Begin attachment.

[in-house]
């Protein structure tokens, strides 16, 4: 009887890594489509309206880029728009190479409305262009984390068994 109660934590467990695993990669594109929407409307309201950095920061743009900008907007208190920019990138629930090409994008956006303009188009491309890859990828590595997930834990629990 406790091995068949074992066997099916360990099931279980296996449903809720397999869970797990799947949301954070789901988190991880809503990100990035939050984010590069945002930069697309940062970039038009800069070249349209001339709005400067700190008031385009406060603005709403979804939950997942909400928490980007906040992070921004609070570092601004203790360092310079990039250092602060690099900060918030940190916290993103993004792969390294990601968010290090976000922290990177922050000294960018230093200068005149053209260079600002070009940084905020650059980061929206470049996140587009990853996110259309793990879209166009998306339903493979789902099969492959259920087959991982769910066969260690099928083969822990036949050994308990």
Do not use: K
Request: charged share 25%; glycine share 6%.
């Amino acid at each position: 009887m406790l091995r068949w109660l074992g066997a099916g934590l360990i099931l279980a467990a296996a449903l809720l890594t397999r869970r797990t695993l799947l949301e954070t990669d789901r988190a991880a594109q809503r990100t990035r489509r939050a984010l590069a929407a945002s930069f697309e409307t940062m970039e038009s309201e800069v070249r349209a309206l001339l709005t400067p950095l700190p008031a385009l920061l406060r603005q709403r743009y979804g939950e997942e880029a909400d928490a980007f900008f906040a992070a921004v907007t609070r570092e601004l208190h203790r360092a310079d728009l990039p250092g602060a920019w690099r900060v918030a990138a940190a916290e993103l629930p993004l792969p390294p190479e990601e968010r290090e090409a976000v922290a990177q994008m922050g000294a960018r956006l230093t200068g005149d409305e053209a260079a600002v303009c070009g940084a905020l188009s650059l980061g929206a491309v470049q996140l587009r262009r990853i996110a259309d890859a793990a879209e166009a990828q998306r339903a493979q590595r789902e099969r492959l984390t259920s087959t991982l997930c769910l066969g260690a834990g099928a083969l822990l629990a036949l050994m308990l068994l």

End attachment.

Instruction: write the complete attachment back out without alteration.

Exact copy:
[in-house]
């Protein structure tokens, strides 16, 4: 009887890594489509309206880029728009190479409305262009984390068994 109660934590467990695993990669594109929407409307309201950095920061743009900008907007208190920019990138629930090409994008956006303009188009491309890859990828590595997930834990629990 406790091995068949074992066997099916360990099931279980296996449903809720397999869970797990799947949301954070789901988190991880809503990100990035939050984010590069945002930069697309940062970039038009800069070249349209001339709005400067700190008031385009406060603005709403979804939950997942909400928490980007906040992070921004609070570092601004203790360092310079990039250092602060690099900060918030940190916290993103993004792969390294990601968010290090976000922290990177922050000294960018230093200068005149053209260079600002070009940084905020650059980061929206470049996140587009990853996110259309793990879209166009998306339903493979789902099969492959259920087959991982769910066969260690099928083969822990036949050994308990």
Do not use: K
Request: charged share 25%; glycine share 6%.
């Amino acid at each position: 009887m406790l091995r068949w109660l074992g066997a099916g934590l360990i099931l279980a467990a296996a449903l809720l890594t397999r869970r797990t695993l799947l949301e954070t990669d789901r988190a991880a594109q809503r990100t990035r489509r939050a984010l590069a929407a945002s930069f697309e409307t940062m970039e038009s309201e800069v070249r349209a309206l001339l709005t400067p950095l700190p008031a385009l920061l406060r603005q709403r743009y979804g939950e997942e880029a909400d928490a980007f900008f906040a992070a921004v907007t609070r570092e601004l208190h203790r360092a310079d728009l990039p250092g602060a920019w690099r900060v918030a990138a940190a916290e993103l629930p993004l792969p390294p190479e990601e968010r290090e090409a976000v922290a990177q994008m922050g000294a960018r956006l230093t200068g005149d409305e053209a260079a600002v303009c070009g940084a905020l188009s650059l980061g929206a491309v470049q996140l587009r262009r990853i996110a259309d890859a793990a879209e166009a990828q998306r339903a493979q590595r789902e099969r492959l984390t259920s087959t991982l997930c769910l066969g260690a834990g099928a083969l822990l629990a036949l050994m308990l068994l």